Birds of America
‘This funny, grumpy, coming-of-age tale still strikes a chord’ The Times
Peter Levi, a shy and sensitive American teenager, moves to Paris to avoid being drafted into the Vietnam War, where he is determined to live a life in harmony with his own idealistic views. But the world is changing at breakneck pace, with nuclear war looming abroad and racial tensions simmering at home. Before long, Peter’s naive illusions are shattered, as he finds himself an unwilling participant in an era of extraordinary change.
Birds of America is an unforgettable and deeply moving story of personal and political turmoil; of the strange and surprising nature of growing up; and of the questions we face when we examine who we really are.
‘A writer known for her wit, her glamour, and the shocking candour of her fiction’ New Yorker
‘An absorbing novel about a young man’s voyage into adulthood, enlivened by Mary McCarthy’s needling wit’ Hilary Mantel, Booker prize-winning author of Wolf Hall and Bring Up the Bodies
‘Fiercely intelligent, insatiably combative, McCarthy’s novels invite controversy’ Penelope Lively, from the introduction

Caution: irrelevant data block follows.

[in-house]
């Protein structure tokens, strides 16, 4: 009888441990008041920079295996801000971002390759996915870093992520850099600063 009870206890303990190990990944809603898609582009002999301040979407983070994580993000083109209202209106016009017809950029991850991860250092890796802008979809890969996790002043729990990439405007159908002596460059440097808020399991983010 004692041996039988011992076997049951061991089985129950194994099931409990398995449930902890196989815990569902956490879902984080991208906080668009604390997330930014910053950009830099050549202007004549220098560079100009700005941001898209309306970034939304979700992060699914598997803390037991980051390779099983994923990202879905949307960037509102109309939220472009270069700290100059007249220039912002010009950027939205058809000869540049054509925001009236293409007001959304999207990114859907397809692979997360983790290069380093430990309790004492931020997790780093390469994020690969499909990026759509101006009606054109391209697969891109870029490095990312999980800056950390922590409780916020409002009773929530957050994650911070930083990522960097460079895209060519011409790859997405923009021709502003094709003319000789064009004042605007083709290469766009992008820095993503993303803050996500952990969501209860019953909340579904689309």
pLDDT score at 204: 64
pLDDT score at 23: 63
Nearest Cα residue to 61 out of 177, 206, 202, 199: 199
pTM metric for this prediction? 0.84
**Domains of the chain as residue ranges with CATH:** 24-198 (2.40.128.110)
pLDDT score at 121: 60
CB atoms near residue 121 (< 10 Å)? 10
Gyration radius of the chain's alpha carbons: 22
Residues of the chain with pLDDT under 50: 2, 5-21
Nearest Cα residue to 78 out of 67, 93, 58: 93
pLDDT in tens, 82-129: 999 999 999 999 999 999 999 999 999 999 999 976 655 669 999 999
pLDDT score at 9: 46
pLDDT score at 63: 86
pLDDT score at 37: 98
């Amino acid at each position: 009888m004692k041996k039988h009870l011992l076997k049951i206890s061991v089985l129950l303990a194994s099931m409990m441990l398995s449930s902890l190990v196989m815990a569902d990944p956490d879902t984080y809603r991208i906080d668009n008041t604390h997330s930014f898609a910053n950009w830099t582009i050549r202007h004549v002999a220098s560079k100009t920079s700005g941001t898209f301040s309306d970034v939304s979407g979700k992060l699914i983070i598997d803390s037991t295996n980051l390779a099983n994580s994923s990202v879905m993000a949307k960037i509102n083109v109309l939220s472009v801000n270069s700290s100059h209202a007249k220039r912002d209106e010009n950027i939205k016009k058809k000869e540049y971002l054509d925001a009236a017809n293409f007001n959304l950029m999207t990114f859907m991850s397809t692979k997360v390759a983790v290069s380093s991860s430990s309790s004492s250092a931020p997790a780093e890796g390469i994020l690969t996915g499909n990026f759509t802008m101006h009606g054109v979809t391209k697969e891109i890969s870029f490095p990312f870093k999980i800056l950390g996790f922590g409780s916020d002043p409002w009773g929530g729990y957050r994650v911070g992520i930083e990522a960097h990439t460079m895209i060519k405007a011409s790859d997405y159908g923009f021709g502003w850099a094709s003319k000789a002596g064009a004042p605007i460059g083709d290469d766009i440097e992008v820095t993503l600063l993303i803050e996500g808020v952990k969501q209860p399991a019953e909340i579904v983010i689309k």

A brilliant novel: honest, engaging and sharp as a tack -- Sarah Waters on 'The Group' I read it in one gulp -- Laura Freeman, author of 'The Reading Cure' There was never anything "ladylike" about Mary McCarthy's writing. For aspiring female writers, she remains totemic. * Vanity Fair * In the same class as Henry James's The American and Henry Miller's Tropic of Cancer * Esquire * A profoundly thoughtful and moving book * Life * An endlessly fascinating novel * San Francisco Chronicle * McCarthy earned recognition for her cool, analytic intelligence and her exacting literary voice - a voice capable of moving from the frivolously feminine to the willfully cerebral, from girlish insouciance to bare-knuckled fury -- Michiko Kakutani * New York Times * There was something so crisp and clever and bold about her writing -- Claire Tomalin Birds of America brings to mind the teenage angst of Catcher in the Rye, but with a political conscience. Full of hilarious and extremely honest one-liners * Essential Journal * A writer known for her immaculate prose, her wit, her glamour, her sexual adventures... and the shocking candor of her fiction * New Yorker * One of America's leading women of letters, a writer with a reputation for acerbic insights and penetrating prose * Guardian * Fiercely intelligent, insatiably combative, McCarthy's novels invite controversy -- Penelope Lively, from the introduction This funny, grumpy, coming-of-age tale still strikes a chord. . . There is much in McCarthy's novel, published by Penguin in a new edition to mark the 100th anniversary of women's suffrage, that makes you say: "Yes! Exactly! Spot on." * The Times * An absorbing novel about a young man's voyage into adulthood, enlivened by Mary McCarthy's needling wit. You have to go away to understand home, you have to lose yourself to find yourself; Mary McCarthy's insight into her young hero - his awkward growing-up, his efforts to understand his time and place - create an authentic and thoughtful slice of cultural history. -- Hilary Mantel, Booker prize-winning author of 'Wolf Hall' and 'Bring Up the Bodies'
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